On July 29, the Federal Government and the state of São Paulo signed an agreement for technical and scientific cooperation for a four-year period, to develop programs for fostering research in the state. This same partnership is being signed up with the other states, and it inaugurates the Ministry of Science of Technology’s (MCT in the Portuguese acronym) new strategy of sharing with the Research Support Foundations (FAPs) the financing of research support programs, among which those of Infrastructure for Young Researchers; Junior Scientific Initiation Scholarships; Support for Nuclei of Excellence (Pronex); and, in the case of some states, the Proteome Project. “The strategy is to integrate the FAPs with the national program for scientific and technological development”, explains Erney Camargo, the president of the National Council for Scientific and Technological Development (CNPq).
In the case of São Paulo, the Ministry of Science and Technology (MCT), the Secretariat for Science, Technology, Economic Development and Tourism and FAPESP are signatories of the agreement, which provides for the implementation of projects in the total amount of R$ 43.28 million. In Bahia, the agreement will mean investments of R$ 14 million and, in Minas Gerais, R$ 7 million, just to mention a few examples.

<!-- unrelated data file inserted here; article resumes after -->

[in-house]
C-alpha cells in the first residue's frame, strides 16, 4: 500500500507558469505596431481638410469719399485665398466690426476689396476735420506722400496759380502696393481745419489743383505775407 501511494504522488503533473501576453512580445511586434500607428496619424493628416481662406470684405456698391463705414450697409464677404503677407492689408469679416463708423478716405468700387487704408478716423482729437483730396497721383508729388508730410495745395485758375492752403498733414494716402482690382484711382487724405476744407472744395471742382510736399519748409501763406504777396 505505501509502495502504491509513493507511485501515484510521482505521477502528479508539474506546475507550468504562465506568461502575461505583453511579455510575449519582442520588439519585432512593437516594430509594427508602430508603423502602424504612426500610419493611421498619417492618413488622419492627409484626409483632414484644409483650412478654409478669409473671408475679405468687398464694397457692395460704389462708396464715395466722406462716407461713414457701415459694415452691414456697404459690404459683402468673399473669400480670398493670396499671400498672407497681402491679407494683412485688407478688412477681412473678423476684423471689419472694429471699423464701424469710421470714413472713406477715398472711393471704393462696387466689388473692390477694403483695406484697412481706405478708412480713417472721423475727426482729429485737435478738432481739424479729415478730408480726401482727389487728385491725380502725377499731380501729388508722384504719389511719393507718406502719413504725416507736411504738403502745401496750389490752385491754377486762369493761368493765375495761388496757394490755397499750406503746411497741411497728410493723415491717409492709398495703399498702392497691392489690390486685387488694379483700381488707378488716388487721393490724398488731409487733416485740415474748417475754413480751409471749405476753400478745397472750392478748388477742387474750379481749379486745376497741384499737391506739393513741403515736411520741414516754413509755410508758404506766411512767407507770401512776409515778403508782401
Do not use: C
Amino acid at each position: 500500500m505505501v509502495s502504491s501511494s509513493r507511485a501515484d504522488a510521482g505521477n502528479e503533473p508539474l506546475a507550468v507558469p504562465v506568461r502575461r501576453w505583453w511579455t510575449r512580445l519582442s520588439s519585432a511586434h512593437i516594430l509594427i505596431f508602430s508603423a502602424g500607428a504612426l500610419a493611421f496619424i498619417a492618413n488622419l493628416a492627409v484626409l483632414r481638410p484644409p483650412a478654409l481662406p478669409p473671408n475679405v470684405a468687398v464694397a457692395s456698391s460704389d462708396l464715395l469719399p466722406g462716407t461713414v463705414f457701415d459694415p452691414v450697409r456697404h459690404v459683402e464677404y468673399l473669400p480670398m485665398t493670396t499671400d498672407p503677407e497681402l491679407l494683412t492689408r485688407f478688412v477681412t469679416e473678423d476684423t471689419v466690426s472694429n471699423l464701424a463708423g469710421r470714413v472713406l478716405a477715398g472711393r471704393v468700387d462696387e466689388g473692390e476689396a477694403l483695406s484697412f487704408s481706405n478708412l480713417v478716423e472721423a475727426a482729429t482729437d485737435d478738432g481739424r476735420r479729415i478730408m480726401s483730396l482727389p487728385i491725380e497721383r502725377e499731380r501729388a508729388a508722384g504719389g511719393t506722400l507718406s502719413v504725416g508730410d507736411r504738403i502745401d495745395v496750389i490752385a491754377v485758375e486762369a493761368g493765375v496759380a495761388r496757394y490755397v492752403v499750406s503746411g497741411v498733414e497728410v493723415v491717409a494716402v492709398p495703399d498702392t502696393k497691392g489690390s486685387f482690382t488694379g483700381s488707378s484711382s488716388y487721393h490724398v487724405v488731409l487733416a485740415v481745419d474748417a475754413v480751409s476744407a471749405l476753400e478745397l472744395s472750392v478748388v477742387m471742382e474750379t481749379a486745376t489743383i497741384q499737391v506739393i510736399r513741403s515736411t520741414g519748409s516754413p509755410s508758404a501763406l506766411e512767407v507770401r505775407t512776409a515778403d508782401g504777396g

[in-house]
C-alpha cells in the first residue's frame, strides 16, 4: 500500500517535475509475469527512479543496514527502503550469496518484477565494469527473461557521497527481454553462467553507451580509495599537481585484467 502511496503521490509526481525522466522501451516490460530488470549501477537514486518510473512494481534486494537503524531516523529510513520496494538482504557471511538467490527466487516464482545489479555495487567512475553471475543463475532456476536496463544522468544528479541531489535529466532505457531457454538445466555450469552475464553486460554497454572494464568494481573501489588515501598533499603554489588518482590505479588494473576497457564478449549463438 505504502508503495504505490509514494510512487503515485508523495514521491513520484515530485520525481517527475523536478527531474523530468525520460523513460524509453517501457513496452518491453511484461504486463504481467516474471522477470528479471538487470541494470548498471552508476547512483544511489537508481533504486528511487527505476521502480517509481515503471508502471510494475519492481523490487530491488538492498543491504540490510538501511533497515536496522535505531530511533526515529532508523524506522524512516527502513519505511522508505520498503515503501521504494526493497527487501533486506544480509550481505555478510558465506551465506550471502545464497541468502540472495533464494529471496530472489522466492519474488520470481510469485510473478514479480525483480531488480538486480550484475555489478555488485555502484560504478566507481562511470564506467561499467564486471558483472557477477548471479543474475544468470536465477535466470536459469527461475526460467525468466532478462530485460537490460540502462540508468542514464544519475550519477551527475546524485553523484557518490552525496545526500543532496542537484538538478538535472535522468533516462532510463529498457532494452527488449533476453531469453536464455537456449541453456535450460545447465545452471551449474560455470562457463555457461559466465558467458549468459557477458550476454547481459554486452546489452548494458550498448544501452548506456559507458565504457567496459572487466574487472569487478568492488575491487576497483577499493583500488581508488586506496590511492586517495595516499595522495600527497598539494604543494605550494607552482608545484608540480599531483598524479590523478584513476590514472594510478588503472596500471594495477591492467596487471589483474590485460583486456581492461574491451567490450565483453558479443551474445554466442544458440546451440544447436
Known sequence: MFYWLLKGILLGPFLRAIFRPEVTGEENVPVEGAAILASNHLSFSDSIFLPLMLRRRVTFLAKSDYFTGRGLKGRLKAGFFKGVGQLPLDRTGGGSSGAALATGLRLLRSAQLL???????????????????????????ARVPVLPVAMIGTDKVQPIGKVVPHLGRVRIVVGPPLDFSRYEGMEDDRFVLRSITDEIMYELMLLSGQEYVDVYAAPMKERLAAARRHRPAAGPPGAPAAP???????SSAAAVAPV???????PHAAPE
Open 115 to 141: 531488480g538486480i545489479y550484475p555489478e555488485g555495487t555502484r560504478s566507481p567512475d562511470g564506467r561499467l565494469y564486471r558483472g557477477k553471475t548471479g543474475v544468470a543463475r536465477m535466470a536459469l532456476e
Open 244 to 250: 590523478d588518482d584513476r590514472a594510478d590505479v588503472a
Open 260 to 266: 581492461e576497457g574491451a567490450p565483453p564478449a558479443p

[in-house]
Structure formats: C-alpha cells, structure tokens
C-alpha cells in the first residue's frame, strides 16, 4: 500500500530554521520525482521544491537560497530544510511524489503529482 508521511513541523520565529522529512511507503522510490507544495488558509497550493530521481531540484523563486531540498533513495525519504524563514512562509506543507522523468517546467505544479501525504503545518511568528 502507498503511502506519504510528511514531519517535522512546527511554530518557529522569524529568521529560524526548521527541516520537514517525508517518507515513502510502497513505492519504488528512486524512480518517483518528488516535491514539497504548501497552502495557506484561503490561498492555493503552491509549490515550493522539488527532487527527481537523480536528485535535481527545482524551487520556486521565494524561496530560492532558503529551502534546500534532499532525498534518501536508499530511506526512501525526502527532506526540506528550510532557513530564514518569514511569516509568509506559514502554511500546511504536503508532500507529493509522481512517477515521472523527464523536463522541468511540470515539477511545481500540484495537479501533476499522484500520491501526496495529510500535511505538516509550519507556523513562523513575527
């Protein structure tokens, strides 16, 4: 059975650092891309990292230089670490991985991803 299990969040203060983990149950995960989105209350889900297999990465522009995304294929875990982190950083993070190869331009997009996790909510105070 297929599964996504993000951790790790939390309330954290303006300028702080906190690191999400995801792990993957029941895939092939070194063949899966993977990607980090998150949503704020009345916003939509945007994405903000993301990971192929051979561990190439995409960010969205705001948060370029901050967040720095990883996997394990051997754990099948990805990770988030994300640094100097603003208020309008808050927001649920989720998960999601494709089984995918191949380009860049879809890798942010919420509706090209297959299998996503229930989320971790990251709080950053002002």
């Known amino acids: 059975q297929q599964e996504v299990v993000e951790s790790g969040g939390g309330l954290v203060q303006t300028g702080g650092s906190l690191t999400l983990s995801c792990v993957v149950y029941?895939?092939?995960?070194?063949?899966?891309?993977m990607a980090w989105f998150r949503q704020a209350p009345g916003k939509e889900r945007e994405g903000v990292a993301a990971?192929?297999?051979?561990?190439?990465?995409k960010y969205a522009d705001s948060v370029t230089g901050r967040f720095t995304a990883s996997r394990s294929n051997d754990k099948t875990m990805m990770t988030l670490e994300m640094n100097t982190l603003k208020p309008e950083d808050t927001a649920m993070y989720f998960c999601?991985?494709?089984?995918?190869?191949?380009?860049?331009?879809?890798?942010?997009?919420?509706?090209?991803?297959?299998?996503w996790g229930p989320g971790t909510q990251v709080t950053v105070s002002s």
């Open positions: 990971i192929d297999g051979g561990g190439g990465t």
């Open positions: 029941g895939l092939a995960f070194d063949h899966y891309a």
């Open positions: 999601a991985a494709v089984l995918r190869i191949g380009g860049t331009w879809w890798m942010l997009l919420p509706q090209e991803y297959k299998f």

“We are stimulating the creation of FAPs where they do not exist, as is the case of Acre, Roraima and Amapá, allocating resources in various regions of the country, and, at the same time, making the states comply with the requirement of handing over for science and technology a portion of the Value-Added Tax on Sales and Services (ICMS), established by the state constitutions”, Camargo explains. As it requires something in return from the states, this cooperation has already resulted in an expansion of the funds set aside for research in Amazonas, in Bahia, in Alagoas and in Sergipe.